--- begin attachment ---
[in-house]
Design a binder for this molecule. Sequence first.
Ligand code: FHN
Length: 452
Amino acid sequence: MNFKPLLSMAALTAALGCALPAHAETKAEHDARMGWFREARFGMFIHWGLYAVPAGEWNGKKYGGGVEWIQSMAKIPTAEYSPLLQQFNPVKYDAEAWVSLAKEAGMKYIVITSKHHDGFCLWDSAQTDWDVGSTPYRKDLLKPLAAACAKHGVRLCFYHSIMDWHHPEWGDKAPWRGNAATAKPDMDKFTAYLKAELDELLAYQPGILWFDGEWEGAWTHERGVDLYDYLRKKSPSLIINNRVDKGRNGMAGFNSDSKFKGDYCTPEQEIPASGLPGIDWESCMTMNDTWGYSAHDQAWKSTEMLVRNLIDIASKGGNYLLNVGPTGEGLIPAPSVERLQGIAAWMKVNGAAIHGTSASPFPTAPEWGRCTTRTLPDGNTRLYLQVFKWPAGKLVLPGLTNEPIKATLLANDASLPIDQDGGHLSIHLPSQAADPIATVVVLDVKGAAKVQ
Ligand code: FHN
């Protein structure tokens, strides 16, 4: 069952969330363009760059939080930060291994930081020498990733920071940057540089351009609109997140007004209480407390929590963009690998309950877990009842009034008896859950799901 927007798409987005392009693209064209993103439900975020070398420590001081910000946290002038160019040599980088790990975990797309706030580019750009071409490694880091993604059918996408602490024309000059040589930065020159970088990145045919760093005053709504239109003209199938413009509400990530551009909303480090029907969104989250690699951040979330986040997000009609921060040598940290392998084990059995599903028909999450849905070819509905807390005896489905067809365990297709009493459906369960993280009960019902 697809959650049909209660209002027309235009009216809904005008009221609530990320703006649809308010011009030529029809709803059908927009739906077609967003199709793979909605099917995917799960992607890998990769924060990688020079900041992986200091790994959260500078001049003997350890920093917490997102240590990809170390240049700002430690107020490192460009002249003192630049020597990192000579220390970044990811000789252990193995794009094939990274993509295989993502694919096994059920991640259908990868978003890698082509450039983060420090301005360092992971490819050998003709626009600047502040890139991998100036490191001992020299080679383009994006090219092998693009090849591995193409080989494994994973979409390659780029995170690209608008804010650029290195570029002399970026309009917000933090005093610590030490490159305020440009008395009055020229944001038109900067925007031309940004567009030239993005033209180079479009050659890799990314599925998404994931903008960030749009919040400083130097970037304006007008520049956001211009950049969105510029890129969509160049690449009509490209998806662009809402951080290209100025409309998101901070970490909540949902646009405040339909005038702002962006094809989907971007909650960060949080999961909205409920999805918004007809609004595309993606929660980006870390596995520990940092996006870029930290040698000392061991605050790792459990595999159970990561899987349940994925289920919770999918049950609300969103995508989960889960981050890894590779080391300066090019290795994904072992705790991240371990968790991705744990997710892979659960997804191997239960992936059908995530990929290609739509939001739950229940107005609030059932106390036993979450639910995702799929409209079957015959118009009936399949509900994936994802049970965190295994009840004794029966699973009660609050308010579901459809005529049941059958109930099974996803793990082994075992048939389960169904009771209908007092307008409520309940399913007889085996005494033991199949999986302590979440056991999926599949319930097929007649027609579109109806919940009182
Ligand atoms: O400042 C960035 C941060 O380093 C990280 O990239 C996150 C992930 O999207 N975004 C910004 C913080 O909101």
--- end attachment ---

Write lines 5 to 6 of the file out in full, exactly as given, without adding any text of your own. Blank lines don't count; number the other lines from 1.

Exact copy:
Amino acid sequence: MNFKPLLSMAALTAALGCALPAHAETKAEHDARMGWFREARFGMFIHWGLYAVPAGEWNGKKYGGGVEWIQSMAKIPTAEYSPLLQQFNPVKYDAEAWVSLAKEAGMKYIVITSKHHDGFCLWDSAQTDWDVGSTPYRKDLLKPLAAACAKHGVRLCFYHSIMDWHHPEWGDKAPWRGNAATAKPDMDKFTAYLKAELDELLAYQPGILWFDGEWEGAWTHERGVDLYDYLRKKSPSLIINNRVDKGRNGMAGFNSDSKFKGDYCTPEQEIPASGLPGIDWESCMTMNDTWGYSAHDQAWKSTEMLVRNLIDIASKGGNYLLNVGPTGEGLIPAPSVERLQGIAAWMKVNGAAIHGTSASPFPTAPEWGRCTTRTLPDGNTRLYLQVFKWPAGKLVLPGLTNEPIKATLLANDASLPIDQDGGHLSIHLPSQAADPIATVVVLDVKGAAKVQ
Ligand code: FHN